updated 12/14/2004 2:02:10 PM ET 2004-12-14T19:02:10

Medicare wants to cut the rate of questionable payments by more than half, to 4 percent, by 2008, administrator Mark McClellan says.

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“The main objective here is to pay it right,” McClellan said Monday, the day Medicare reported that private companies that process health claims from its beneficiaries made nearly $20 billion in erroneous or questionable payments last year, an error rate of 9.3 percent.

That performance was a slight improvement over the previous year.

The error rate measures claims that were paid despite being medically unnecessary, inadequately documented or improperly coded. In some instances, Medicare asked health care providers for medical records to back up their claims and got no response.

The survey does not document instances of alleged fraud, McClellan said.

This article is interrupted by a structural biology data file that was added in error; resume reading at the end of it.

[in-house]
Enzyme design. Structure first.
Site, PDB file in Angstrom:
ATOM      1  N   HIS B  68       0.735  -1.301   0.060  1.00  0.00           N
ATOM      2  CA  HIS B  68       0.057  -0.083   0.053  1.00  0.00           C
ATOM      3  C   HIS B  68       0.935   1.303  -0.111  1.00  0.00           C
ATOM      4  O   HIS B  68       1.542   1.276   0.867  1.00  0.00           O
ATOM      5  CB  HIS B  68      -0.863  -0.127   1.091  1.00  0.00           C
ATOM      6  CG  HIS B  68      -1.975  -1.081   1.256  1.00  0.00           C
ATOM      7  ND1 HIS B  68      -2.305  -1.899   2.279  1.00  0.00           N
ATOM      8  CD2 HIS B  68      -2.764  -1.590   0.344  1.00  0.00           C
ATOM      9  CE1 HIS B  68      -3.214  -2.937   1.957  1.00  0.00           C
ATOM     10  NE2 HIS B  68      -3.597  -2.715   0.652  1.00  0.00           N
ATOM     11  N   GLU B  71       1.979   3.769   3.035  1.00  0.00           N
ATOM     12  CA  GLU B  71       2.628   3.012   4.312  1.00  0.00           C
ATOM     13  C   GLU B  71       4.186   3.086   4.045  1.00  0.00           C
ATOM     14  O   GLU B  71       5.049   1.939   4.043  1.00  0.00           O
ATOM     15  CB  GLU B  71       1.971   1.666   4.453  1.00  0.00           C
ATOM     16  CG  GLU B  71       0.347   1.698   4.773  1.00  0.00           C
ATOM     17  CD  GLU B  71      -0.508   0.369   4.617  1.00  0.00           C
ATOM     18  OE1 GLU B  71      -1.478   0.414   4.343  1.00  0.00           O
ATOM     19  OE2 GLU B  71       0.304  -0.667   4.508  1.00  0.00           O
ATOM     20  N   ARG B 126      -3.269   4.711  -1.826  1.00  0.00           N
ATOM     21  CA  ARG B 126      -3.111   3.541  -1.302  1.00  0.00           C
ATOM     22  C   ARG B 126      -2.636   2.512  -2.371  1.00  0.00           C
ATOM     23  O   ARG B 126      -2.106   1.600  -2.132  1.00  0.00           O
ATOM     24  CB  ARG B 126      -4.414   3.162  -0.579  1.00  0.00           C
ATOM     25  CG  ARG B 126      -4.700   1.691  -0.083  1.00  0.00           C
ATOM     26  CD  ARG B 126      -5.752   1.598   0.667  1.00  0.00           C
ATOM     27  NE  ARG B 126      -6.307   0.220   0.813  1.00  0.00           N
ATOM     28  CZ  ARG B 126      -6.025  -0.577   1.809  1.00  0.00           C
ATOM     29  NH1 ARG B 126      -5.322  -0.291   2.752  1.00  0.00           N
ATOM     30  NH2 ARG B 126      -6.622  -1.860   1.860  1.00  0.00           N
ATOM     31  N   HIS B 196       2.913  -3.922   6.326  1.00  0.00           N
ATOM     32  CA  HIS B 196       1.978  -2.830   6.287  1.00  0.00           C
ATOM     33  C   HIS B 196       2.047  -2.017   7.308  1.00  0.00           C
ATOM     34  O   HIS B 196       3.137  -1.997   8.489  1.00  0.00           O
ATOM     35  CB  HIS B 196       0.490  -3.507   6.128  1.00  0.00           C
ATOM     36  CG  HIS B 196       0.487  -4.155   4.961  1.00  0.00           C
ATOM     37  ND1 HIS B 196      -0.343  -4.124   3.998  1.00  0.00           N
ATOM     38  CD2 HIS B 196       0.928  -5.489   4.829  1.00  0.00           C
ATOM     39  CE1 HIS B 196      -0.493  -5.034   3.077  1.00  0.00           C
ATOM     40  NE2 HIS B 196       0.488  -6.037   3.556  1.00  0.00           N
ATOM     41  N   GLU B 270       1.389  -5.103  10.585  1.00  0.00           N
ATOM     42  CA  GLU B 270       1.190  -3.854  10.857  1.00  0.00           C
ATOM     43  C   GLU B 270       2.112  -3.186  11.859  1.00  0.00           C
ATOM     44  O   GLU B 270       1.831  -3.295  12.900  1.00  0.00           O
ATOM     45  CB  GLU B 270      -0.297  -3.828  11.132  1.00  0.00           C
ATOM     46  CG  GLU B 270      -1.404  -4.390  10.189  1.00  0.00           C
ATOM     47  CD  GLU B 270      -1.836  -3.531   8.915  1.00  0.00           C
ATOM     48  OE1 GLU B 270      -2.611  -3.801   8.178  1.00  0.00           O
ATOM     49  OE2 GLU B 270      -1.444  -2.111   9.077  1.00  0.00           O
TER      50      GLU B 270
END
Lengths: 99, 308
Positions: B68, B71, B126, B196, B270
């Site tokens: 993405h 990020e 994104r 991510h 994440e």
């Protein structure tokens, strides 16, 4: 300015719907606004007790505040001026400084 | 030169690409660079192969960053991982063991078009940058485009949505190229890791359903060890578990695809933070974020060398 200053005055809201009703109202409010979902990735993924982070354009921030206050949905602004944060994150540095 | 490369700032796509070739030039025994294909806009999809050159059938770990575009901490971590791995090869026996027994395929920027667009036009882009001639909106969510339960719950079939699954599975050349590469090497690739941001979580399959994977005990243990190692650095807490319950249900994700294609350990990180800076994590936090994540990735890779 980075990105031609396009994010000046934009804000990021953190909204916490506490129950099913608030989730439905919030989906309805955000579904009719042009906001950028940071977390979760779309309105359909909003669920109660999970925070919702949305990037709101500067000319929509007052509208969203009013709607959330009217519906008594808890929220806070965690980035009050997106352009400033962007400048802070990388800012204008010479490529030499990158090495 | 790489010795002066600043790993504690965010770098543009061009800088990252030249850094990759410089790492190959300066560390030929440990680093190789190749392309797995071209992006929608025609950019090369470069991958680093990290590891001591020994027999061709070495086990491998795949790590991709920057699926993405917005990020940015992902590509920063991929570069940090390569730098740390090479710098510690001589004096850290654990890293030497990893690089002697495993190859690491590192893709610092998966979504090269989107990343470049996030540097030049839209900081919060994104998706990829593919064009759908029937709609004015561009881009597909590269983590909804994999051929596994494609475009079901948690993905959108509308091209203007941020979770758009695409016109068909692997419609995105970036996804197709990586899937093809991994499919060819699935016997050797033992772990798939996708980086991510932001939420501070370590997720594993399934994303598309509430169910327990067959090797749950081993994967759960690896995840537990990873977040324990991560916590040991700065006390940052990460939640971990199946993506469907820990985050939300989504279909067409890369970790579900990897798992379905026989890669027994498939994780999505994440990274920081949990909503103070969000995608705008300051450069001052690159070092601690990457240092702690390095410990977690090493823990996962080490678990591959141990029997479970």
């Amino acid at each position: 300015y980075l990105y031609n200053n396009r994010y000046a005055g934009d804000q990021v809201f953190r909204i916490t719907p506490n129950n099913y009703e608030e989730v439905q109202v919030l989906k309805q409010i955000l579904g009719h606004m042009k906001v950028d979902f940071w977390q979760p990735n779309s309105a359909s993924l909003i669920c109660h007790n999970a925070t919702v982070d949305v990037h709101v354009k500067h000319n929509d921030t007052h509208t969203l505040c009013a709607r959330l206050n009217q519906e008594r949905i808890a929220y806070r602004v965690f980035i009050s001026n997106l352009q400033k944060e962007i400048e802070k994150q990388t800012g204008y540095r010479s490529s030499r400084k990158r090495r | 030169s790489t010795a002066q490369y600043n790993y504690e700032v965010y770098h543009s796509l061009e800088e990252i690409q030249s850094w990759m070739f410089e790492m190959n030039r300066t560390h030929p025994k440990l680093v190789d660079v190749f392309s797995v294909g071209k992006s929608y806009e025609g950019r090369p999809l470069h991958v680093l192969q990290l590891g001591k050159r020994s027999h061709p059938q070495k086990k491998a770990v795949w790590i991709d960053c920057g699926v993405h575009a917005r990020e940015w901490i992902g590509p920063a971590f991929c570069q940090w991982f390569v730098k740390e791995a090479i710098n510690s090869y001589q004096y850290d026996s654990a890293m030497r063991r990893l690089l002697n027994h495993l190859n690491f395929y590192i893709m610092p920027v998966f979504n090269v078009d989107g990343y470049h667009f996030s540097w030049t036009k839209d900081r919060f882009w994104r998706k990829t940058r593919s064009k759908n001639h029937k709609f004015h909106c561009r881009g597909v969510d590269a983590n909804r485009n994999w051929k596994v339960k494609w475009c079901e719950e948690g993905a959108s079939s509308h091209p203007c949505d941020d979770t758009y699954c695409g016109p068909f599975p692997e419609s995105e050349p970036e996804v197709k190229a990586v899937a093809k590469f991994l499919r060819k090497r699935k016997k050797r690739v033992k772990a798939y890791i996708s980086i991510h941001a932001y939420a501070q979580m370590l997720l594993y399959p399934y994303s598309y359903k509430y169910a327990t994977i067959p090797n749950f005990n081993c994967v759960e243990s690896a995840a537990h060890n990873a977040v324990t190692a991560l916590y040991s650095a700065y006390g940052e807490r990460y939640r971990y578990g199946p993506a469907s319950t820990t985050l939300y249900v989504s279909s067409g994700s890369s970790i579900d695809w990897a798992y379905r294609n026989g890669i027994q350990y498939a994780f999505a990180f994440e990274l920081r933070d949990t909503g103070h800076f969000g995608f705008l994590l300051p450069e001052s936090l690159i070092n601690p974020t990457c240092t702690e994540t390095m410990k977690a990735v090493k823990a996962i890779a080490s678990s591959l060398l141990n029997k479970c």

More extensive payment reviews and other quality controls will help the agency achieve the 4 percent goal, he said.

Medicare, the government health program for older and disabled Americans, contracts with private insurers to pay more than 1 billion claims each year. Monday’s report was based on a survey of 160,000 claims, Medicare said.

Last year, Medicare reported the error rate as 5.8 percent, but that figure had been adjusted to factor out a high proportion of claims for which the health care provider did not respond to Medicare’s request for documentation.

The unadjusted rate was 9.8 percent, using the same criteria that produced this year’s 9.3 percent rate.

Medicare said it abandoned the adjustment because its analysis was larger and more detailed.

Sen. Charles Grassley, R-Iowa, who sharply criticized last year’s adjustment, said Monday the public is getting a more complete picture in the new report.

Still, Grassley said, “With an improper payment amount of nearly $20 billion and an error rate approaching double digits, there is clearly an unacceptable problem here.”

The review found that doctors and other providers were paid $900 million less than they should have received because of errors made by insurers. By contrast, there were $20.8 billion in questionable overpayments, Medicare said.

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